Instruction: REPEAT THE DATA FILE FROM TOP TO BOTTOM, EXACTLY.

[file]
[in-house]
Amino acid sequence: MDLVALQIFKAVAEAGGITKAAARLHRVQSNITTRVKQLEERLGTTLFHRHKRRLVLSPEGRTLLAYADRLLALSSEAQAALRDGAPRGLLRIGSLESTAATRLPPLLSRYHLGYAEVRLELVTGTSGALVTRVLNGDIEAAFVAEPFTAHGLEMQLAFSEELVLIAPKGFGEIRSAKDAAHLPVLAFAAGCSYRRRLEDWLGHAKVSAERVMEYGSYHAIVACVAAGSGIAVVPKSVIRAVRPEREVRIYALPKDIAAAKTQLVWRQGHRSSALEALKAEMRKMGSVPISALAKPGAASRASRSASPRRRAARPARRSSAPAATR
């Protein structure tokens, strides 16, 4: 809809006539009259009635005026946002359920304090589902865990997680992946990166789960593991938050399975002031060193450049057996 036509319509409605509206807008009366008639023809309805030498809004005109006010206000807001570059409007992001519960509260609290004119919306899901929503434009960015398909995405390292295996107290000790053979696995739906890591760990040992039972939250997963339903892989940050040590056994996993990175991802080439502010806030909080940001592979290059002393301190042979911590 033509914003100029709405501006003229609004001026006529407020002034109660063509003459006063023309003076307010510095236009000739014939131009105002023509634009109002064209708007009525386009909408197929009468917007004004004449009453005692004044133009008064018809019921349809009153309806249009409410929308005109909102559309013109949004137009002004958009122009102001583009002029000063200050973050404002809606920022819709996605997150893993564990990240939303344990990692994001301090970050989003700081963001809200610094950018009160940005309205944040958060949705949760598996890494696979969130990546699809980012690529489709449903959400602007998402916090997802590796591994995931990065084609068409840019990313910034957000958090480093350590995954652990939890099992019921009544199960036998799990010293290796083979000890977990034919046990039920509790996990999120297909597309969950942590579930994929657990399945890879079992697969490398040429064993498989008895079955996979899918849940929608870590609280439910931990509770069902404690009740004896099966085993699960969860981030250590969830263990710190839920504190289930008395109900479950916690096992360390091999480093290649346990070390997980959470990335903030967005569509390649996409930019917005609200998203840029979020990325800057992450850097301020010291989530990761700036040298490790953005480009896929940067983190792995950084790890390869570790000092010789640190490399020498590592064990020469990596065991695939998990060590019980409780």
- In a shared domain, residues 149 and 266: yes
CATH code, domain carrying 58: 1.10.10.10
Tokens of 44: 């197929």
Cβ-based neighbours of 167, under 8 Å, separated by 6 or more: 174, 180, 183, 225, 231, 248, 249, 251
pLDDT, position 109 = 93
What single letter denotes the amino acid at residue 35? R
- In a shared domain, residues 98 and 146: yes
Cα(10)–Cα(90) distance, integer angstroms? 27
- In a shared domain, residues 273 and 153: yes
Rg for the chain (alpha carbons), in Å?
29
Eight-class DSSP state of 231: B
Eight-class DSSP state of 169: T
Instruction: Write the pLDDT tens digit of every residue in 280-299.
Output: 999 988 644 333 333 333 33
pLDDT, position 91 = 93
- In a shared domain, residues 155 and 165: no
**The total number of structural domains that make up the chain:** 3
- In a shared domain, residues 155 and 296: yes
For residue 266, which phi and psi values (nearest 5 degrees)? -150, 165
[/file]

[in-house]
Amino acid sequence: MDLVALQIFKAVAEAGGITKAAARLHRVQSNITTRVKQLEERLGTTLFHRHKRRLVLSPEGRTLLAYADRLLALSSEAQAALRDGAPRGLLRIGSLESTAATRLPPLLSRYHLGYAEVRLELVTGTSGALVTRVLNGDIEAAFVAEPFTAHGLEMQLAFSEELVLIAPKGFGEIRSAKDAAHLPVLAFAAGCSYRRRLEDWLGHAKVSAERVMEYGSYHAIVACVAAGSGIAVVPKSVIRAVRPEREVRIYALPKDIAAAKTQLVWRQGHRSSALEALKAEMRKMGSVPISALAKPGAASRASRSASPRRRAARPARRSSAPAATR
């Protein structure tokens, strides 16, 4: 809809006539009259009635005026946002359920304090589902865990997680992946990166789960593991938050399975002031060193450049057996 036509319509409605509206807008009366008639023809309805030498809004005109006010206000807001570059409007992001519960509260609290004119919306899901929503434009960015398909995405390292295996107290000790053979696995739906890591760990040992039972939250997963339903892989940050040590056994996993990175991802080439502010806030909080940001592979290059002393301190042979911590 033509914003100029709405501006003229609004001026006529407020002034109660063509003459006063023309003076307010510095236009000739014939131009105002023509634009109002064209708007009525386009909408197929009468917007004004004449009453005692004044133009008064018809019921349809009153309806249009409410929308005109909102559309013109949004137009002004958009122009102001583009002029000063200050973050404002809606920022819709996605997150893993564990990240939303344990990692994001301090970050989003700081963001809200610094950018009160940005309205944040958060949705949760598996890494696979969130990546699809980012690529489709449903959400602007998402916090997802590796591994995931990065084609068409840019990313910034957000958090480093350590995954652990939890099992019921009544199960036998799990010293290796083979000890977990034919046990039920509790996990999120297909597309969950942590579930994929657990399945890879079992697969490398040429064993498989008895079955996979899918849940929608870590609280439910931990509770069902404690009740004896099966085993699960969860981030250590969830263990710190839920504190289930008395109900479950916690096992360390091999480093290649346990070390997980959470990335903030967005569509390649996409930019917005609200998203840029979020990325800057992450850097301020010291989530990761700036040298490790953005480009896929940067983190792995950084790890390869570790000092010789640190490399020498590592064990020469990596065991695939998990060590019980409780």
- In a shared domain, residues 149 and 266: yes
CATH code, domain carrying 58: 1.10.10.10
Tokens of 44: 């197929």
Cβ-based neighbours of 167, under 8 Å, separated by 6 or more: 174, 180, 183, 225, 231, 248, 249, 251
pLDDT, position 109 = 93
What single letter denotes the amino acid at residue 35? R
- In a shared domain, residues 98 and 146: yes
Cα(10)–Cα(90) distance, integer angstroms? 27
- In a shared domain, residues 273 and 153: yes
Rg for the chain (alpha carbons), in Å?
29
Eight-class DSSP state of 231: B
Eight-class DSSP state of 169: T
Instruction: Write the pLDDT tens digit of every residue in 280-299.
Output: 999 988 644 333 333 333 33
pLDDT, position 91 = 93
- In a shared domain, residues 155 and 165: no
**The total number of structural domains that make up the chain:** 3
- In a shared domain, residues 155 and 296: yes
For residue 266, which phi and psi values (nearest 5 degrees)? -150, 165